Winter riding

Winter riding and staying safe by Andy Bisson

As the temperature drops and the days get shorter with the wind and rain setting in, the question is ‘Do I ride or not?’ This is very much a personal choice with some riders having no alternative transport and others who enjoy riding all year round opposed to those that choose not to ride through the winter and put the bike into hibernation in the garage until the weather improves.

If you do choose to ride all year round and venture out in the winter, you will develop additional skills that will make you a better rider by the time the weather improves but there are some important things to remember.

As well as a change in your riding style which we will cover, it’s important to have the right clothing. Riding in low temperatures (below 10 C) will quickly affect a rider physically as well as mentally if you’re not suitably dressed to keep warm.

Visibility is more important now than ever with visors steaming up and the rain on scratched visors. Make sure you have a visor that isn’t scratched and where possible fit a pin lock.

Wear thin layers to keep your core body warm and this will help keep your hands and feet warmer as well but the best advice I can give, is buy the best winter gloves that you can afford as it will be money well spent. Heated grips are a must for me and heated clothing also helps.

Many riders don’t take into account that your head is a massive source of heat loss and a helmet alone won’t maintain the heat so wear a neck warmer or balaclava to keep the heat in.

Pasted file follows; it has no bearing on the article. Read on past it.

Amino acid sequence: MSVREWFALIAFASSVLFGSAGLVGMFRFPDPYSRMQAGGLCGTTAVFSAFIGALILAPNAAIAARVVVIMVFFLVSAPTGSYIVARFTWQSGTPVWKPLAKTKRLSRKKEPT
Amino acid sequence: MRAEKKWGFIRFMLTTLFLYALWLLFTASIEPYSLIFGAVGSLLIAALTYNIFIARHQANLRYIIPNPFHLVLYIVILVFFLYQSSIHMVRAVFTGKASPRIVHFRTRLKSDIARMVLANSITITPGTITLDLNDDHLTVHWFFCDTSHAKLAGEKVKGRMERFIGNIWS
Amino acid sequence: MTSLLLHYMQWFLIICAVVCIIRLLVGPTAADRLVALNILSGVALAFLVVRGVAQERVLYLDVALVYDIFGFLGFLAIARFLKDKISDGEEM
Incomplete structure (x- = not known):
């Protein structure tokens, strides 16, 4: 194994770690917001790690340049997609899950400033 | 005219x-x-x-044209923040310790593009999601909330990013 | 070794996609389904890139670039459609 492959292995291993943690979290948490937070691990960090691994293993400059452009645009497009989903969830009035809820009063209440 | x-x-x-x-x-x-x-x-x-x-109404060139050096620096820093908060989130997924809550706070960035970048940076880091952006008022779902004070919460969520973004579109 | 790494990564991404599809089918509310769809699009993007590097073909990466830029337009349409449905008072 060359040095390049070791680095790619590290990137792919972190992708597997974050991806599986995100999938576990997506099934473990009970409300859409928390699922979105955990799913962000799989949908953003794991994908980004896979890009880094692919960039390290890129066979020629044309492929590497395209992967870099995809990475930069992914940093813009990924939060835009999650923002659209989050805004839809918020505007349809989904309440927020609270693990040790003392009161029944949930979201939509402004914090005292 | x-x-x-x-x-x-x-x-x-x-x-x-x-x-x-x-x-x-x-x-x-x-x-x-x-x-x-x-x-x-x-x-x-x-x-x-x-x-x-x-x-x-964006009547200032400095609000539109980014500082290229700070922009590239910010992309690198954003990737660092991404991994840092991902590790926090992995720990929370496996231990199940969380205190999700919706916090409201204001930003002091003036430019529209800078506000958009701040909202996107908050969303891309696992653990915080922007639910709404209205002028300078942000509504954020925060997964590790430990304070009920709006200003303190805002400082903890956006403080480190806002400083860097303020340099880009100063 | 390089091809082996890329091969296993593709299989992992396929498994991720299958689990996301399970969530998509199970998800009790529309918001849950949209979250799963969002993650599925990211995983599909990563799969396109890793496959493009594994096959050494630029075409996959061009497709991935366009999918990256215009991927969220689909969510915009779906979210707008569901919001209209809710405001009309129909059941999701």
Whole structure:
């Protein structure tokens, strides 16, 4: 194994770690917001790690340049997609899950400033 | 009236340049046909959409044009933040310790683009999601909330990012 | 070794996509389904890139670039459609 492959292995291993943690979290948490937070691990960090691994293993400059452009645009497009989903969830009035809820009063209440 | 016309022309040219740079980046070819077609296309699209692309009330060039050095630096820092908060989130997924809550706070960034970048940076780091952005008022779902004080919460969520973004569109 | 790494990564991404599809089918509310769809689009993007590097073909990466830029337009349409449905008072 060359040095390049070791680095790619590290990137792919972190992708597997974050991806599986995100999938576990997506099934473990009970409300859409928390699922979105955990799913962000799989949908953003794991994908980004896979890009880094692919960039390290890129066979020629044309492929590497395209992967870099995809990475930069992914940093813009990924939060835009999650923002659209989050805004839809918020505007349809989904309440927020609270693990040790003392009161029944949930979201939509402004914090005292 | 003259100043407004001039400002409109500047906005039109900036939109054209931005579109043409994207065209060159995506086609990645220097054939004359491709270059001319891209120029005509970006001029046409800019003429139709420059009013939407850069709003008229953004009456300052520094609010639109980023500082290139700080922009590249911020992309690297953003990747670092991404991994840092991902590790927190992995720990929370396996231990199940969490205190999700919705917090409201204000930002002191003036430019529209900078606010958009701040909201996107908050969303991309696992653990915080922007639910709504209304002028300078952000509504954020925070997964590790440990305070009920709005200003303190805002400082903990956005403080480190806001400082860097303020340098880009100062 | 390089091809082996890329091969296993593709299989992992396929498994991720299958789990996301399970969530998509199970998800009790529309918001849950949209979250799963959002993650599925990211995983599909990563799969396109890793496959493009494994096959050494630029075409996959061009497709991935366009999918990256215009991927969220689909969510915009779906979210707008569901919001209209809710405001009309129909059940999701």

Remember its not just the air temperature that you are having to combat but also the wind chill factor. When riding at 20 mph at temperatures of 3 degree, it can feel more like -3 degrees.

It’s also important to be seen and whilst many riders don’t like hi-vis, it’s about protecting yourself from other motorists that just don’t seem to see motorcyclists. Many bikes have small headlights and motorists seem to see past these when pulling out of junctions so anything you can do to increase your visibility has got to be a bonus.

It’s very important to check that your bike is winter ready. Check your tyres to ensure they have good tread and no damage. Check the pressures regularly as these can alter often in cold weather. Make sure your fluids are topped up, your lights are working and your chain is clean and well lubricated.

And now it’s down to how you ride. Wet, leafy or icy roads will not provide the same grip as when riding in the summer so you need to adjust how you ride. Reduce your speed and increase your distance from the vehicle in front providing a greater stopping distance. Give yourself time and space to adapt and react to changing situations so you can deal with emerging hazards without increasing risks to yourself.

And last but not least, if it’s snowing, find another way to travel. Riding in the snow is going to not only put yourself at greater risk, you increase the risk for other motorists. Vehicles with 4 wheels struggle in snowy conditions so don’t be the fool risking everything on 2 wheels. Stay safe and keep your bike safe so that you can enjoy the ride another day.